Updated: Nov 18, 2019
Holding a launch event for my first novel was both terrifying and thrilling in equal measure.
It is difficult to pinpoint the optimum day of the week for such a shindig, what time it should start, how long it should run, what format the evening should take, how many books might be needed, what people might like to drink and, importantly, how many might turn up.
I was fortunate to have the support of my excellent local bookshop, the Falmouth Bookseller, which not only stocks A Degree of Uncertainty but hosted the event last week.
Some 50 people expressed their interest — and even enthusiasm — and pledged to come along.
A number of these had read the book in its early drafts and were keen to see the edited, buffed and polished end result take flight into the world. A couple of book club attendees had been given a sneak preview and seemed excited at the prospect of attending the launch of a book they were currently reading.
All of this is hugely heartening. But it remains a tricky occasion for which to plan. It is always a challenge to lure people away from their firesides on cold November evenings, but when the wind nudges 60mph and the slanting rain bounces off the pavements, that challenge is compounded.
When I dropped the boxes of wine and books off at the Falmouth Bookseller in the afternoon, the windows were already rattling in their frames and doors were slamming at the mercy of angry gusts. The sky was a deep and ominous grey, unleashing intermittent buckets of rain over Cornwall. It didn’t bode well.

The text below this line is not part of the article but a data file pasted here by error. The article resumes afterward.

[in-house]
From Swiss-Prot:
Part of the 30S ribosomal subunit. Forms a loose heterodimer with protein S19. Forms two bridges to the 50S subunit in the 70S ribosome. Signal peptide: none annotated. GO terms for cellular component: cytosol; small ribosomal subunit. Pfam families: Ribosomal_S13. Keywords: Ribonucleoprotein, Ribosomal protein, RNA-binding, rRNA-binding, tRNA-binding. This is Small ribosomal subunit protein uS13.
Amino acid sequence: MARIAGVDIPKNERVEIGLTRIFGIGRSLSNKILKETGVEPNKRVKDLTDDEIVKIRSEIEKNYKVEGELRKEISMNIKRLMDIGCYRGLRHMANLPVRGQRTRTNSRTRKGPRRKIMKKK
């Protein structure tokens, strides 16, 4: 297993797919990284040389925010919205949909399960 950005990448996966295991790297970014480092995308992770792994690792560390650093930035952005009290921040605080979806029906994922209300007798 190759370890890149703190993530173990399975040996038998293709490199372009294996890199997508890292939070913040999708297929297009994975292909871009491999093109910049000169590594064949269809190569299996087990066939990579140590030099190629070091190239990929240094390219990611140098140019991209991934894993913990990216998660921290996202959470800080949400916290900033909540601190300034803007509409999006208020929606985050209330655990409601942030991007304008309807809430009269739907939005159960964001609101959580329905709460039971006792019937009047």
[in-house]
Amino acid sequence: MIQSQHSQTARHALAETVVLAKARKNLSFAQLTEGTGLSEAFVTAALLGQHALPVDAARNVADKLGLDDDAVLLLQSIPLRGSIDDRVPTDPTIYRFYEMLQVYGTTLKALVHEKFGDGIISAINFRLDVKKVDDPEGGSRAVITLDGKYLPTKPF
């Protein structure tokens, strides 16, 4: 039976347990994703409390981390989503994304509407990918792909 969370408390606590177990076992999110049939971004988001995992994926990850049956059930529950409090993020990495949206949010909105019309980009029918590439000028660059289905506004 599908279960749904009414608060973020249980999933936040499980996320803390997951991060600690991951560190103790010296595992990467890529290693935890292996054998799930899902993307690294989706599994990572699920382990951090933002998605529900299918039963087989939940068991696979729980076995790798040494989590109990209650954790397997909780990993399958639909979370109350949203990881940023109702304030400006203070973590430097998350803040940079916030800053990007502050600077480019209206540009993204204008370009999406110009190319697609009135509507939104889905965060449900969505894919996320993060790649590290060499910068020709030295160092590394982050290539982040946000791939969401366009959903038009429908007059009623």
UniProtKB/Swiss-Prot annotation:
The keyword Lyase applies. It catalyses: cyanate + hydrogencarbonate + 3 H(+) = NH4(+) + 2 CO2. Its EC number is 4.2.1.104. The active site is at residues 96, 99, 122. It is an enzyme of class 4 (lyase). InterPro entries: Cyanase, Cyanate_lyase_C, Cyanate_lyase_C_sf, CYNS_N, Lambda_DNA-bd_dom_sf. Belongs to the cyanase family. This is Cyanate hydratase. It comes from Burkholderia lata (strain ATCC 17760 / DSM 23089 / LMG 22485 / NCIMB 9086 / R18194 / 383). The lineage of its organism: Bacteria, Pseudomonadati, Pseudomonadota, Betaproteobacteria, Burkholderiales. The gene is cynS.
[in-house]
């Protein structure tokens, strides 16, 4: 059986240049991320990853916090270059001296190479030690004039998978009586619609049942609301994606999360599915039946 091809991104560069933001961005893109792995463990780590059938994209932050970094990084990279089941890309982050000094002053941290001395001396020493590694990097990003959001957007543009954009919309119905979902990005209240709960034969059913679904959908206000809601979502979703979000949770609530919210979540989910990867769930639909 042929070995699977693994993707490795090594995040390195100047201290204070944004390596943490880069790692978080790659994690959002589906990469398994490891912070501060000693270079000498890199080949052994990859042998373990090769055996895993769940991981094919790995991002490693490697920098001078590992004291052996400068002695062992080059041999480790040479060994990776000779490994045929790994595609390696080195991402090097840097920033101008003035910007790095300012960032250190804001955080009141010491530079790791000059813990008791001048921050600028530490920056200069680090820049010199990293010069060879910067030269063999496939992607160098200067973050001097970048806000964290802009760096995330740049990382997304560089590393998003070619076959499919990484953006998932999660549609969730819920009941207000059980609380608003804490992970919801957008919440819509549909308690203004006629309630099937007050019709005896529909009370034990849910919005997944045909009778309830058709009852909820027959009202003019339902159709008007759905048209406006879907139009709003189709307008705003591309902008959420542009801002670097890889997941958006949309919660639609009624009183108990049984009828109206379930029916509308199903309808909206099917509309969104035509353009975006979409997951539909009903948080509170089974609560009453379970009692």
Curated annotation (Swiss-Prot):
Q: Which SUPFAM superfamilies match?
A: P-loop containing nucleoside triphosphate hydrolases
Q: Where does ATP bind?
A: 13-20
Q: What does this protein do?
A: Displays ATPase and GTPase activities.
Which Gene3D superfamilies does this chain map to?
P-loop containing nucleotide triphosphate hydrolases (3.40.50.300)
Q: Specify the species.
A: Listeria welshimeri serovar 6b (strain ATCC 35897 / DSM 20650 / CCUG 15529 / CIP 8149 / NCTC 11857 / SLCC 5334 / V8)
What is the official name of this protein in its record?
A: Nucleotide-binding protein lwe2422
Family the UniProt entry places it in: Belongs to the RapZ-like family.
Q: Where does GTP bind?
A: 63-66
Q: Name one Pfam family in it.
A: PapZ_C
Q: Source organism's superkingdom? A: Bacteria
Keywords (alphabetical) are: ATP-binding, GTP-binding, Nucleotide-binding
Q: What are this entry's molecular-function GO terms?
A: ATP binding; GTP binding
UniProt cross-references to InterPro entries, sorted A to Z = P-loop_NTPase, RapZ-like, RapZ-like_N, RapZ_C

Even the taxi driver who picked us up greeted us with the words: ‘Well, you must have a very good reason for going out tonight.’ As it happened, I did.
We arrived just before 6.30pm. The bookshop resembled a Dickensian scene. Its seasonal windows had been dressed that day and a warm glow spilled onto the cobbled high street. The bold cover of my book stood proudly in the A-frame outside and the image was mirrored in the shop window.
Inside, listing piles of A Degree of Uncertainty were placed on tables, along with the bookmarks I’d had delivered the day before. Other copies called out from the shelves, nestled between Julian Barnes and Jessie Burton. Not bad company.
People arrived on the dot. And kept on coming. The noise grew, the tills rang and the corks popped. Over 60 people crammed into the bookshop in a happy melee of bookedness, and I was honoured to be asked to scribble countless personal messages inside the books’ stiff covers.
Just after 8pm I was informed that we had sold out!
Several people, seduced by wine and good company, had left their purchases to the end. It was too late, and they left empty handed, much to my embarrassment.
Because there are surely two rules for a successful book launch — don't run out of books or wine.
Today I am touring around dropping off the last few books at such people’s houses, and the order for another print run is in progress.
The launch event for my debut novel was an unknown quantity and a source of much anxiety and concern. One might even say there was, fittingly, a large degree of uncertainty about it. There needn’t have been.
It turns out people will tear themselves from their homes on inclement Cornish nights after all. Particularly if there’s a glass of fizz on offer.